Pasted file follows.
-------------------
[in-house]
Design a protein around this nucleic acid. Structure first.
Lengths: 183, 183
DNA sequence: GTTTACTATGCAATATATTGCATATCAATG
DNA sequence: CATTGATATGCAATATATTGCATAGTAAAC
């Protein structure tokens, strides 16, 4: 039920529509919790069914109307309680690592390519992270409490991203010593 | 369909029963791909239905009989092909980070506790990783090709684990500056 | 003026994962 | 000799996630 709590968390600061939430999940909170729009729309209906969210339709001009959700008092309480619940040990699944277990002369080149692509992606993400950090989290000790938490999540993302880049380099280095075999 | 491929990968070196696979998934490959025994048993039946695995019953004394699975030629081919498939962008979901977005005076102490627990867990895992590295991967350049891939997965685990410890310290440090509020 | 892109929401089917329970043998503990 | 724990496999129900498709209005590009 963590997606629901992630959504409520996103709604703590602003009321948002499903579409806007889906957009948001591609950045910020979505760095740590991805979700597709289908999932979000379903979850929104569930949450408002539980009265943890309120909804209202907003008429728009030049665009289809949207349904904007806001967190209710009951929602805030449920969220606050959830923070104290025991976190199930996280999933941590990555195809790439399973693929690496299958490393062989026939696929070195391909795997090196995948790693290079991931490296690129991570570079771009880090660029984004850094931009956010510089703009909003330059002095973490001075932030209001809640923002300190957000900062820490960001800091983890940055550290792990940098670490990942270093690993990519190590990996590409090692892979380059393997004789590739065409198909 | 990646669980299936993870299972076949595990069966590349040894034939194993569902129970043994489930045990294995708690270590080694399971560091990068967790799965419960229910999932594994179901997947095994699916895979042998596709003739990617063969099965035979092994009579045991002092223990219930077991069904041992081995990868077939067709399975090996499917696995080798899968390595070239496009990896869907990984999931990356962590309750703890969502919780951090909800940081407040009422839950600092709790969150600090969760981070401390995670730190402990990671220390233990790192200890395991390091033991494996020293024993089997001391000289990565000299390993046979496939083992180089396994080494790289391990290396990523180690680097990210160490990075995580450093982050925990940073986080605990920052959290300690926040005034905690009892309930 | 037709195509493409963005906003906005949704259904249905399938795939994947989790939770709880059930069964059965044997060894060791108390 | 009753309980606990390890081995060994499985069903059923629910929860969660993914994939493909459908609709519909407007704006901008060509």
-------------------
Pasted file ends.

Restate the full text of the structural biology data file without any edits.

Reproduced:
[in-house]
Design a protein around this nucleic acid. Structure first.
Lengths: 183, 183
DNA sequence: GTTTACTATGCAATATATTGCATATCAATG
DNA sequence: CATTGATATGCAATATATTGCATAGTAAAC
């Protein structure tokens, strides 16, 4: 039920529509919790069914109307309680690592390519992270409490991203010593 | 369909029963791909239905009989092909980070506790990783090709684990500056 | 003026994962 | 000799996630 709590968390600061939430999940909170729009729309209906969210339709001009959700008092309480619940040990699944277990002369080149692509992606993400950090989290000790938490999540993302880049380099280095075999 | 491929990968070196696979998934490959025994048993039946695995019953004394699975030629081919498939962008979901977005005076102490627990867990895992590295991967350049891939997965685990410890310290440090509020 | 892109929401089917329970043998503990 | 724990496999129900498709209005590009 963590997606629901992630959504409520996103709604703590602003009321948002499903579409806007889906957009948001591609950045910020979505760095740590991805979700597709289908999932979000379903979850929104569930949450408002539980009265943890309120909804209202907003008429728009030049665009289809949207349904904007806001967190209710009951929602805030449920969220606050959830923070104290025991976190199930996280999933941590990555195809790439399973693929690496299958490393062989026939696929070195391909795997090196995948790693290079991931490296690129991570570079771009880090660029984004850094931009956010510089703009909003330059002095973490001075932030209001809640923002300190957000900062820490960001800091983890940055550290792990940098670490990942270093690993990519190590990996590409090692892979380059393997004789590739065409198909 | 990646669980299936993870299972076949595990069966590349040894034939194993569902129970043994489930045990294995708690270590080694399971560091990068967790799965419960229910999932594994179901997947095994699916895979042998596709003739990617063969099965035979092994009579045991002092223990219930077991069904041992081995990868077939067709399975090996499917696995080798899968390595070239496009990896869907990984999931990356962590309750703890969502919780951090909800940081407040009422839950600092709790969150600090969760981070401390995670730190402990990671220390233990790192200890395991390091033991494996020293024993089997001391000289990565000299390993046979496939083992180089396994080494790289391990290396990523180690680097990210160490990075995580450093982050925990940073986080605990920052959290300690926040005034905690009892309930 | 037709195509493409963005906003906005949704259904249905399938795939994947989790939770709880059930069964059965044997060894060791108390 | 009753309980606990390890081995060994499985069903059923629910929860969660993914994939493909459908609709519909407007704006901008060509």